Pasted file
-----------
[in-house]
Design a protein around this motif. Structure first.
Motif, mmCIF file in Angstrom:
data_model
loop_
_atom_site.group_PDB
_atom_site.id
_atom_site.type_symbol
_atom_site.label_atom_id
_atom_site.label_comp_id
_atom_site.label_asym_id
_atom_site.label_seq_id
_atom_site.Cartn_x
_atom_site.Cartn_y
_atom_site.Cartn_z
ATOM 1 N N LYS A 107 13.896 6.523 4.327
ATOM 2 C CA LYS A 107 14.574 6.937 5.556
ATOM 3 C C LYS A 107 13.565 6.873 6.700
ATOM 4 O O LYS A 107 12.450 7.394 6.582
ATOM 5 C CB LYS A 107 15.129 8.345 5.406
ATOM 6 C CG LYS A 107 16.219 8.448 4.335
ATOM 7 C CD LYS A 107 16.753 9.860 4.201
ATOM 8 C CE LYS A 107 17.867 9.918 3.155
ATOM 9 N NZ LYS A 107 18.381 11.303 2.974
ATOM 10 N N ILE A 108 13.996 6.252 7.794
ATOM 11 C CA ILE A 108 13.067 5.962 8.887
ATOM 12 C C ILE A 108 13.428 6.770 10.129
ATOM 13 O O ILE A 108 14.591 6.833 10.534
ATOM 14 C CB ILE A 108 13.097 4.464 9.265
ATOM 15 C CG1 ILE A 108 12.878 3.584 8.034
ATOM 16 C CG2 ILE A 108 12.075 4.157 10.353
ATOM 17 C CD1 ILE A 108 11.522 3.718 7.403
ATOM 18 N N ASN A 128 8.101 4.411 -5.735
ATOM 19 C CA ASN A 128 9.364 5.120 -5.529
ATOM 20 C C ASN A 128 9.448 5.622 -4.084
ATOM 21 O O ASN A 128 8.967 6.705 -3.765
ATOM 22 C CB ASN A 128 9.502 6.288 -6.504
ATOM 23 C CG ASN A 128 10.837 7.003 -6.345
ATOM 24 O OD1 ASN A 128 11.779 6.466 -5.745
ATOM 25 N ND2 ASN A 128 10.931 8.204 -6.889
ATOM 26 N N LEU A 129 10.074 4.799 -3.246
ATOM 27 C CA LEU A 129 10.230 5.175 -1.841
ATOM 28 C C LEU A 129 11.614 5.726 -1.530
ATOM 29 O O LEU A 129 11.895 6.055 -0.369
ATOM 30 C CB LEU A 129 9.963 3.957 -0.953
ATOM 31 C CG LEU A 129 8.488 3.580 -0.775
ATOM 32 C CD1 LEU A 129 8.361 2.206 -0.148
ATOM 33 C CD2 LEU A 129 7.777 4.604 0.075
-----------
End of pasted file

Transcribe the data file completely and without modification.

[in-house]
Design a protein around this motif. Structure first.
Motif, mmCIF file in Angstrom:
data_model
loop_
_atom_site.group_PDB
_atom_site.id
_atom_site.type_symbol
_atom_site.label_atom_id
_atom_site.label_comp_id
_atom_site.label_asym_id
_atom_site.label_seq_id
_atom_site.Cartn_x
_atom_site.Cartn_y
_atom_site.Cartn_z
ATOM 1 N N LYS A 107 13.896 6.523 4.327
ATOM 2 C CA LYS A 107 14.574 6.937 5.556
ATOM 3 C C LYS A 107 13.565 6.873 6.700
ATOM 4 O O LYS A 107 12.450 7.394 6.582
ATOM 5 C CB LYS A 107 15.129 8.345 5.406
ATOM 6 C CG LYS A 107 16.219 8.448 4.335
ATOM 7 C CD LYS A 107 16.753 9.860 4.201
ATOM 8 C CE LYS A 107 17.867 9.918 3.155
ATOM 9 N NZ LYS A 107 18.381 11.303 2.974
ATOM 10 N N ILE A 108 13.996 6.252 7.794
ATOM 11 C CA ILE A 108 13.067 5.962 8.887
ATOM 12 C C ILE A 108 13.428 6.770 10.129
ATOM 13 O O ILE A 108 14.591 6.833 10.534
ATOM 14 C CB ILE A 108 13.097 4.464 9.265
ATOM 15 C CG1 ILE A 108 12.878 3.584 8.034
ATOM 16 C CG2 ILE A 108 12.075 4.157 10.353
ATOM 17 C CD1 ILE A 108 11.522 3.718 7.403
ATOM 18 N N ASN A 128 8.101 4.411 -5.735
ATOM 19 C CA ASN A 128 9.364 5.120 -5.529
ATOM 20 C C ASN A 128 9.448 5.622 -4.084
ATOM 21 O O ASN A 128 8.967 6.705 -3.765
ATOM 22 C CB ASN A 128 9.502 6.288 -6.504
ATOM 23 C CG ASN A 128 10.837 7.003 -6.345
ATOM 24 O OD1 ASN A 128 11.779 6.466 -5.745
ATOM 25 N ND2 ASN A 128 10.931 8.204 -6.889
ATOM 26 N N LEU A 129 10.074 4.799 -3.246
ATOM 27 C CA LEU A 129 10.230 5.175 -1.841
ATOM 28 C C LEU A 129 11.614 5.726 -1.530
ATOM 29 O O LEU A 129 11.895 6.055 -0.369
ATOM 30 C CB LEU A 129 9.963 3.957 -0.953
ATOM 31 C CG LEU A 129 8.488 3.580 -0.775
ATOM 32 C CD1 LEU A 129 8.361 2.206 -0.148
ATOM 33 C CD2 LEU A 129 7.777 4.604 0.075